Genealogy Report: Descendants of IVO de TAILLEBOIS, The Earl of Holland (Ratcliffe/Crossgrove Family Line)
Descendants of IVO de TAILLEBOIS, The Earl of Holland (Ratcliffe/Crossgrove Family Line)
Generation No. 1
was born 1036 in either France (Caen in Normandy, or Anjou), or in England (Spalding, Lincolnshire, or Yorkshire)
, and died 1094 in England, probably in the Barony of Kendal (in what is now County Cumbria)
.He married (1) L
.She was born about 1032 in England, and died Unknown.He married (2) L
about 1076 in (Lincolnshire, England?), daughter of THOROLD
MALET.She was born about 1060 in England, perhaps in Alkborough, Lincolnshire
, and died 1136 in England (probably), and was buried in Spalding, Lincolnshire
[The writer's thirtieth great grandfather.]
Ivo de Taillebois, The Earl of Holland and 1st Baron of Kentdale (now Kendal), is the claimed Progenitor in England of our Radclyffe / Ratcliffe family. A published history of Colonial families in America refers to Ivo's parentage in a passage relating to "Margaret Radcliffe, dau. of Sir Edward Radcliffe, who d. 1520, cousin of Queen Katherine Parr, and descended from William the Lion, King of Scotland, and Ivo de Taillebois, son of Fulke, Count of Anjou".[a] Assuming Ivo's birth date to be about 1036, Fulke III (970-1040), the 5th Count, lived too early to be Ivo's father, and Fulke IV (1043-1109), the 7th Count, lived too late. The only Count of Anjou, then, who could have been Ivo's father was the 6th Count, Geoffrey II Martel (1006-1061), but his name was not "Fulke".
On the other hand, "An ancient pedigree of the House of Curwen" styles Ivo not as the son of Fulke, but as "the 'left-handed' (illegitimate) brother of Fulk/Foulque, Earl Anjou, King of Jerusalem".[b; aa; bb] However, the Fulke who became King of Jerusalem was Count Fulke V (1092-1143) of Anjou, and he was born too late to have been Ivo's half-brother. If the ancient pedigree is correct that Ivo was the bastard half-brother of Fulke, it would have to have been Fulke IV "Rechine" (1043-1109), the 7th Count of Anjou, whose life-span was contemporaneous with Ivo's. (This same ancient pedigree records Ivo as being the common ancestor of both the Radclyffe and Curwen families,[b] which later intermarried with each other.)
Under the above construction, one of Ivo's parents would have been either Ermengarde (c.1018-1076), daughter of Fulke III, or her husband, Geoffrey, Count of Gatinais (c.1000-1046). Ivo's being styled "de Taillebois" rather than "de Gatinais" seems to argue against his having been the son of Geoffrey of Gatinais. The writer, therefore, accepts as most likely that Ivo was the issue of an out-of-wedlock union of Ermengarde and a man said to be Reinfred Taillebois, which would make Ivo the illegitimate half-brother of Fulke IV. Whatever the construction, a 1,980-page chart listing the descendants of the Emperor CHARLEMAGNE discloses that Ivo, as a member of the House of Anjou, was clearly a descendant of the Emperor CHARLEMAGNE (742-814).[c] As a descendant of CHARLEMAGNE, Ivo would then also descend from CHARLEMAGNE's forefathers who are documented back to ANTENOR, King of the Cimmerians, who died in about 443 B.C.!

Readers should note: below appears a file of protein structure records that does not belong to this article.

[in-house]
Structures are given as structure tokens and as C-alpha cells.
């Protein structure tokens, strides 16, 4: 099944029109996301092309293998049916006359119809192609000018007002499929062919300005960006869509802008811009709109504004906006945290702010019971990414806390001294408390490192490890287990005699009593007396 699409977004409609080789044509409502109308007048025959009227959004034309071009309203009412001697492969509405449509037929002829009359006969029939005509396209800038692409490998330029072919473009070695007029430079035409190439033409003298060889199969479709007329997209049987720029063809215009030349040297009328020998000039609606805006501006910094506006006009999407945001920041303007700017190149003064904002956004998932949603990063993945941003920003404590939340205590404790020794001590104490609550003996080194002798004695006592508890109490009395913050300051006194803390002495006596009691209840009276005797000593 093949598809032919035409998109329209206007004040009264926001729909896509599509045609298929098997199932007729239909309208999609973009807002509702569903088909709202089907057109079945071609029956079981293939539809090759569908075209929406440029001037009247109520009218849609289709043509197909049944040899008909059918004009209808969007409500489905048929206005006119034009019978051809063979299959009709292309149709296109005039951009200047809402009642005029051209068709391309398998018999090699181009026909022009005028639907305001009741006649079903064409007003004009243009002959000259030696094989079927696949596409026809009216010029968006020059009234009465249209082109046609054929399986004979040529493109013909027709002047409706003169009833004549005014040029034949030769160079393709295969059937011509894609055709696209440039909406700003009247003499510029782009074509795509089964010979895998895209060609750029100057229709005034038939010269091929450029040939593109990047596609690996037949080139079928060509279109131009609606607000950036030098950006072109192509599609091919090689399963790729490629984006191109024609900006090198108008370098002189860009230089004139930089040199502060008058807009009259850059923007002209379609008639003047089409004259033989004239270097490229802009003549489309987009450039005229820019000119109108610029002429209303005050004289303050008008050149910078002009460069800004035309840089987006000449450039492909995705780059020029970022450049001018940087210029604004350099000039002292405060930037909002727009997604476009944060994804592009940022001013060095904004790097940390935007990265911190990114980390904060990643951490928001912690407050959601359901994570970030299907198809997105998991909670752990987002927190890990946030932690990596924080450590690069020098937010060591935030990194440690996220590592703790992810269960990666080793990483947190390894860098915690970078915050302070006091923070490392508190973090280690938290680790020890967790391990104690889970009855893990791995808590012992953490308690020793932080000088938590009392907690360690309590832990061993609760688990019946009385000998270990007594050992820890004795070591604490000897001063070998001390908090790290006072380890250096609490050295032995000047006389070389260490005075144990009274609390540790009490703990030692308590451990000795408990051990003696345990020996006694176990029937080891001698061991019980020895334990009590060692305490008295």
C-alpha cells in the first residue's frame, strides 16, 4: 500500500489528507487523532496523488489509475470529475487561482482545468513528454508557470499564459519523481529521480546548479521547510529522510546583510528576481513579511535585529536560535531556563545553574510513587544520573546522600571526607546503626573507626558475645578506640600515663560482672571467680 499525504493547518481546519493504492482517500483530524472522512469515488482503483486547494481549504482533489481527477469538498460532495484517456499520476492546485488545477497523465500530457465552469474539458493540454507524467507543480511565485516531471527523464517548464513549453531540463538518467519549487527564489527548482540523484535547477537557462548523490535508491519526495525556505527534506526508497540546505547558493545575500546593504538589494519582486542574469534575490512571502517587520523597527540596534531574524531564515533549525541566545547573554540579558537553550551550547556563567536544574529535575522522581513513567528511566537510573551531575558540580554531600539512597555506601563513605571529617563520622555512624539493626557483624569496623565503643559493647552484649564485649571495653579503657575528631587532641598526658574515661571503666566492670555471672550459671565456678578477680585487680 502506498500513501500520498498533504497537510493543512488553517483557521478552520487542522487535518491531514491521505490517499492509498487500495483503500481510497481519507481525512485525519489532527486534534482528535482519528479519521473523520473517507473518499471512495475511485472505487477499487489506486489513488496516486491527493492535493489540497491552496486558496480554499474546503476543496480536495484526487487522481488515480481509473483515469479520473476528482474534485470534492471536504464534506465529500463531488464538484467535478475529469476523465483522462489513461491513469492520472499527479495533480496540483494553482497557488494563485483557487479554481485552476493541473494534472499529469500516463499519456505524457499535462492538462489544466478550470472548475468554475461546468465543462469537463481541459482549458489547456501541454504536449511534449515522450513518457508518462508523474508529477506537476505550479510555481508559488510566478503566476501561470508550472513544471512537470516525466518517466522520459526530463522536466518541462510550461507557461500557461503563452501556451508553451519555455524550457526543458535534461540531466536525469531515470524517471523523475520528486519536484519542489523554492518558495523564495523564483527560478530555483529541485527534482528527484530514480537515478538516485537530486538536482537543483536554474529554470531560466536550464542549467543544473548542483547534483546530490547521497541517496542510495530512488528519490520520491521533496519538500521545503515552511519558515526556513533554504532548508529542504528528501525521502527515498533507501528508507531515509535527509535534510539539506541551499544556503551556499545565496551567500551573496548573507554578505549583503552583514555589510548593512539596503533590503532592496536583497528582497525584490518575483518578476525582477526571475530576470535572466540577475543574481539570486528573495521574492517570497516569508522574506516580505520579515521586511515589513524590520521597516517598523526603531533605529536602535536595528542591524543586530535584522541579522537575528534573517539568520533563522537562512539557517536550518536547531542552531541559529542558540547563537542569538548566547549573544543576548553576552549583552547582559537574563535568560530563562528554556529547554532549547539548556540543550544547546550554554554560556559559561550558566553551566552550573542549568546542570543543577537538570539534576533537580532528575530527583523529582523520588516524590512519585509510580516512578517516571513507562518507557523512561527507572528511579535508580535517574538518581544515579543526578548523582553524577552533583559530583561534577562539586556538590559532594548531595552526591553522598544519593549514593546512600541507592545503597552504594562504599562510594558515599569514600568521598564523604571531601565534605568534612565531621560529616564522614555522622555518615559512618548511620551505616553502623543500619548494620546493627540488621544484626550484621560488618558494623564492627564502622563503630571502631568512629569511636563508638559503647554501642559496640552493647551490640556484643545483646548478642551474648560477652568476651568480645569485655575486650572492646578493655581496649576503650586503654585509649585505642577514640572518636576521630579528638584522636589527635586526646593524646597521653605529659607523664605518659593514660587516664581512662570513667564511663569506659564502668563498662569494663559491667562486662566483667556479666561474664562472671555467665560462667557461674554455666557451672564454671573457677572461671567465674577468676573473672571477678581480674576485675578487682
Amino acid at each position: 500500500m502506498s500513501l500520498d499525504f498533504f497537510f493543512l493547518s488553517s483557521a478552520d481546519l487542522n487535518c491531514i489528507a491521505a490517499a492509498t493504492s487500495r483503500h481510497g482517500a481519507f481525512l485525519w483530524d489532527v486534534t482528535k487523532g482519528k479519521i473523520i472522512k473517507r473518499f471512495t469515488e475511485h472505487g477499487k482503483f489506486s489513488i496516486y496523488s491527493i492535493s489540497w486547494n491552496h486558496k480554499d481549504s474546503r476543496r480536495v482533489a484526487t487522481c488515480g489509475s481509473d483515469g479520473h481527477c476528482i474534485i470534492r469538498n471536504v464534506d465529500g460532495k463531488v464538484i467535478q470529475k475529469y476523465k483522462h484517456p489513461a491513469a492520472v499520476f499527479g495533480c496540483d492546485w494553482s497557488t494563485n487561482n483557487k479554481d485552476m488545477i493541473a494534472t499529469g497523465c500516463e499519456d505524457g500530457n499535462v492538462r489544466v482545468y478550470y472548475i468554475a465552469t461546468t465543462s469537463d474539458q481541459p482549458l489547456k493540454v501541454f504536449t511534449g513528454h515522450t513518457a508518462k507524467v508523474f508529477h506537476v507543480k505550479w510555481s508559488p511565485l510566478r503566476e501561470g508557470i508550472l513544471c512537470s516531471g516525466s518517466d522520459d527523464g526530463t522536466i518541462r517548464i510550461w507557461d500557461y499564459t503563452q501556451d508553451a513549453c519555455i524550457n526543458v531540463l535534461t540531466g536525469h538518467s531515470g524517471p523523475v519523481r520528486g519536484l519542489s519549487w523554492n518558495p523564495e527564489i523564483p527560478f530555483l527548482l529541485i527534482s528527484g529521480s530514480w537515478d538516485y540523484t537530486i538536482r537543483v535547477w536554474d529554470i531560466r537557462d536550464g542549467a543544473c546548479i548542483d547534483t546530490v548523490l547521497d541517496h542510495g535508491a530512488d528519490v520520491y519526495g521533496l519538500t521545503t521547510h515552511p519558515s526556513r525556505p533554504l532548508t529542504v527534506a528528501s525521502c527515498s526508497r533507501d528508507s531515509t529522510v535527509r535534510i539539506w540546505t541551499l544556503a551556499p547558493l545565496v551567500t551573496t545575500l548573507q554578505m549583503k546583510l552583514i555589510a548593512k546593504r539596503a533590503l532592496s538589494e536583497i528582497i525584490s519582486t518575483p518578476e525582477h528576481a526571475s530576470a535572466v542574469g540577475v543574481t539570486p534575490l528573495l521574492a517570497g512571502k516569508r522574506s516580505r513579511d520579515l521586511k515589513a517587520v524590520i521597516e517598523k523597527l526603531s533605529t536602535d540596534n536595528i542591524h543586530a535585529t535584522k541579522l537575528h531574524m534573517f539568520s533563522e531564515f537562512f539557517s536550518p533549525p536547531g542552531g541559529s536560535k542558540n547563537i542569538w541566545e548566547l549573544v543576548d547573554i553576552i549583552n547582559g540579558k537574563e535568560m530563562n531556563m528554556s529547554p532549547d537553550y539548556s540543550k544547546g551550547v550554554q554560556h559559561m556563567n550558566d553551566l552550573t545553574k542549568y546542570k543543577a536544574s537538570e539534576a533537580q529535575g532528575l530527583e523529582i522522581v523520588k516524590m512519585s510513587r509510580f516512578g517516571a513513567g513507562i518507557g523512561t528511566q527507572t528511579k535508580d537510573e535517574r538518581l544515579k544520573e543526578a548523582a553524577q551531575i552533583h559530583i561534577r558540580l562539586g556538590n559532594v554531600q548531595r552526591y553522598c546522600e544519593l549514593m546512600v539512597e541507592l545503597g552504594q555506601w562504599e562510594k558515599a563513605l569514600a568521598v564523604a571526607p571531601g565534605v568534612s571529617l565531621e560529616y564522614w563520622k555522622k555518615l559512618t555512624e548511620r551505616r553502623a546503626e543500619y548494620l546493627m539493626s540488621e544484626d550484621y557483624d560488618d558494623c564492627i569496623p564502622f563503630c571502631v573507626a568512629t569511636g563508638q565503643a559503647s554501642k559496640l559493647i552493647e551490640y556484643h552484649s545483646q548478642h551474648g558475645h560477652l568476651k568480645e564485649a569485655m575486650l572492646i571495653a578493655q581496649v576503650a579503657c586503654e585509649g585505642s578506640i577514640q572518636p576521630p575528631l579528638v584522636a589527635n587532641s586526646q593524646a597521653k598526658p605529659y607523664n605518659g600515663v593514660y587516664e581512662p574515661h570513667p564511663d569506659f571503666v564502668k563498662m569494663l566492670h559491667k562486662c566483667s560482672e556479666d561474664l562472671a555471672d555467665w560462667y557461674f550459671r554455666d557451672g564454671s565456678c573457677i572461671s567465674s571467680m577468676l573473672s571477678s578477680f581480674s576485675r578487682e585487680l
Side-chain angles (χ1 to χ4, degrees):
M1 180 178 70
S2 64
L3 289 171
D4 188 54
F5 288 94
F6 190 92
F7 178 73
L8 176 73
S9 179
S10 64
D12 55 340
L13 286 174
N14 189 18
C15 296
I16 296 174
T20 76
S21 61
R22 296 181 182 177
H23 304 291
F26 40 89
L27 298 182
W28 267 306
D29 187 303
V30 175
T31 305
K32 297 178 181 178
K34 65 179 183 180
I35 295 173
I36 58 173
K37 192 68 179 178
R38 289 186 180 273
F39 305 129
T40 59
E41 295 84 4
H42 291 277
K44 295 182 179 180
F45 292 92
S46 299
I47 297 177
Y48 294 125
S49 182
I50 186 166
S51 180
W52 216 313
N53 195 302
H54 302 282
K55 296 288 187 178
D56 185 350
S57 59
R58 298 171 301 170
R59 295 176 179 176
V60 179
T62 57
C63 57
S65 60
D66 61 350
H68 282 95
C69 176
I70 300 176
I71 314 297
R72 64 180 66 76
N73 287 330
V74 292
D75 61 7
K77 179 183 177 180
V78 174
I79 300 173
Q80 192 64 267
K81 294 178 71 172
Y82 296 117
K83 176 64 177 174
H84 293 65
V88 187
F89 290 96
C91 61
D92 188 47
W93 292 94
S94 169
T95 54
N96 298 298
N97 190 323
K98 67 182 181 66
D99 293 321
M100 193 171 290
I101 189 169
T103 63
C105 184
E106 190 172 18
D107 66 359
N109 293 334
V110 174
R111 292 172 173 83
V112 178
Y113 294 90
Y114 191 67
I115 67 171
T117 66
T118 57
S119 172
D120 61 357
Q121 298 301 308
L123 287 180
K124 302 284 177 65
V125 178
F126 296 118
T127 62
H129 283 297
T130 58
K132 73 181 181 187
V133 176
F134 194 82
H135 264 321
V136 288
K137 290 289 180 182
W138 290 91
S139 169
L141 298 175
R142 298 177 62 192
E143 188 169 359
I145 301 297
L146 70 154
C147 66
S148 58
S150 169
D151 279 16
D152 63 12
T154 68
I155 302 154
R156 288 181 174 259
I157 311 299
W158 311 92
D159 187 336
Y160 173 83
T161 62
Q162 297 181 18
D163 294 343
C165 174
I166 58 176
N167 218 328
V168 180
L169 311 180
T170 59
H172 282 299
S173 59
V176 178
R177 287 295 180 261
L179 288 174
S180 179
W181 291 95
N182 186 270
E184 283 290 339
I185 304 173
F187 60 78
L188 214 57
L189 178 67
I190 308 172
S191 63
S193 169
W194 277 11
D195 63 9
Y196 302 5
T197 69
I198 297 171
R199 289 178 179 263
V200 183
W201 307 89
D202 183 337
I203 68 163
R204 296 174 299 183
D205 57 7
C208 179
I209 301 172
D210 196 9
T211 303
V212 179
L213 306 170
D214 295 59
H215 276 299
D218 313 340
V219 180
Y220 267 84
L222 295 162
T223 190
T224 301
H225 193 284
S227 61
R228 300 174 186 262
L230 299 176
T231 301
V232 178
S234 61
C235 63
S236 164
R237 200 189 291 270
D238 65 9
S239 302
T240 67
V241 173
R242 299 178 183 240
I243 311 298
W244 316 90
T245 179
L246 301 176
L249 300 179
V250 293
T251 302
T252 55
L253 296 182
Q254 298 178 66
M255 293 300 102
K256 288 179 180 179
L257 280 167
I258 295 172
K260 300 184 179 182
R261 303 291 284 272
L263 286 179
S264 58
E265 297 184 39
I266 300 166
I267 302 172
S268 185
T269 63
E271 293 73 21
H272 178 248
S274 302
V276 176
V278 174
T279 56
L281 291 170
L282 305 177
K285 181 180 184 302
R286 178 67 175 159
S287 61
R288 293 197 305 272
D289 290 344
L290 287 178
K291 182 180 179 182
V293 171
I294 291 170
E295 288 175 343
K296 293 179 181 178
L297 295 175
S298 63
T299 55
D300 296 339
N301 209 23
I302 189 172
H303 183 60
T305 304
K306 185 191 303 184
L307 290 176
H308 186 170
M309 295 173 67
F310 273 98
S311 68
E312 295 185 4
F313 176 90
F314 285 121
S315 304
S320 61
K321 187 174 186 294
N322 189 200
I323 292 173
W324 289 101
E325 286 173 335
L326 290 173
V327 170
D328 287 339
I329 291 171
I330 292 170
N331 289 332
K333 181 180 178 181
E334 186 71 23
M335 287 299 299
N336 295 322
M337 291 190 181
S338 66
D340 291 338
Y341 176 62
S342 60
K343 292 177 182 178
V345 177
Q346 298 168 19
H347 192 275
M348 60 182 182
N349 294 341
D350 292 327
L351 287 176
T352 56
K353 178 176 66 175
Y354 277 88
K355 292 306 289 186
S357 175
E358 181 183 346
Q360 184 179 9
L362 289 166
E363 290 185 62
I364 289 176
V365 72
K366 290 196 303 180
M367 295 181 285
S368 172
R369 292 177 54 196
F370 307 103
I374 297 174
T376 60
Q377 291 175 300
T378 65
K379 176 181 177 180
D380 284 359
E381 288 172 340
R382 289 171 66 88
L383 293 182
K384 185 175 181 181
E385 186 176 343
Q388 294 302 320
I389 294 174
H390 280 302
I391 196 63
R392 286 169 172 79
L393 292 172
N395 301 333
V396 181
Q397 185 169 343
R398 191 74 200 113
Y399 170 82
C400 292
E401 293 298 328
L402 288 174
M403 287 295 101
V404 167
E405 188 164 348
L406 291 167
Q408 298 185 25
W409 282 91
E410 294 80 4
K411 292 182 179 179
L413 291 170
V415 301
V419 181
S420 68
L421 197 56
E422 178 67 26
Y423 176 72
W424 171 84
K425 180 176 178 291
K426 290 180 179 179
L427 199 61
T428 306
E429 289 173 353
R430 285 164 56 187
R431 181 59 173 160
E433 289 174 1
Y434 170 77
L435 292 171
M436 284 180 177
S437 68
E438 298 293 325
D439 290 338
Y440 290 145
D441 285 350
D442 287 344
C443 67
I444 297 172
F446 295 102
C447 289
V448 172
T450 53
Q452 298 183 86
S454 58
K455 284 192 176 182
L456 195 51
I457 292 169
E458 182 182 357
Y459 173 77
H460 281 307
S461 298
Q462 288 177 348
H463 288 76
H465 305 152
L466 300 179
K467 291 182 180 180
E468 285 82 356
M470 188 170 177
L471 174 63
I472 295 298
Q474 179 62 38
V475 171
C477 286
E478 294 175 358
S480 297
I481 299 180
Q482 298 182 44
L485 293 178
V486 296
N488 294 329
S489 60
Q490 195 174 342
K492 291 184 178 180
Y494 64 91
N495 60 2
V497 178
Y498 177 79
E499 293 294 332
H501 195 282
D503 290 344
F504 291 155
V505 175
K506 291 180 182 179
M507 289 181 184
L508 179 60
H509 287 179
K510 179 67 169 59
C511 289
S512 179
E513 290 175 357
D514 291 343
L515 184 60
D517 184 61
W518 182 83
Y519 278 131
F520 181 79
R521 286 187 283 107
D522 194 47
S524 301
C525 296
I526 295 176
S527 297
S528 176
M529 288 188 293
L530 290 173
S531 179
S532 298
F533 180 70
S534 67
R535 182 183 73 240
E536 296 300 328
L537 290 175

(The historic province of Anjou, with its ancient capital of Angers, is now the Department of Maine-et-Loire. Fulke IV was the grandfather of Ivo's half-grandnephew, Geoffrey Plantagenet [1113-1151], Count of Anjou from 1129. Geoffrey married Princess Matilda, daughter of King HENRY I of England, and became the founder of the English royal dynasty of Plantagenet.)
Of Ivo de Taillebois, Donald Ratcliff, the son of Clarence Earl Ratcliff, historiographer of the Ratcliff family in America, wrote:
"Hundreds of years before the Ratcliffs came to American shores, our ancestor Ivo de Tailbois (or 'John Talbot' in English) arrived in England the same year William the Conqueror overtook the country, 1066. Without doubt Ivo assisted William in the battles that took place and may even have been related to him. Ivo was born about 1022 in Anjou or Normandy, and his brother was the Earl of Anjou. Ivo was known as 'Baron of Kendal.' Ivo married Lucia, a daughter of The Earl Ælfgar. Lucia was clearly of royal line, being the granddaughter of Gruffydd, the King of Wales."[d]
(This ancestry for Lucy has proved inaccurate; her actual parentage has recently been made clear by scholarly research in England. See the narrative for Lucy, Countess of Chester.)
Ivo de Taillebois (literally translated, Ivor Woodcutter) was listed in the DOMESDAY BOOK of 1086-7, the detailed survey of landowners throughout England that was ordered by WILLIAM the Conqueror. Under the Barony of Kendal (then part of Yorkshire), the DOMESDAY BOOK included the following information:
"TALLBOYS, IVO Also called 'cut-bush'. Married Lucy. In charge of siege of Hereward the Wake at Ely, 1069. Steward to William II. Holdings in Lincs. and Norfolk."[e]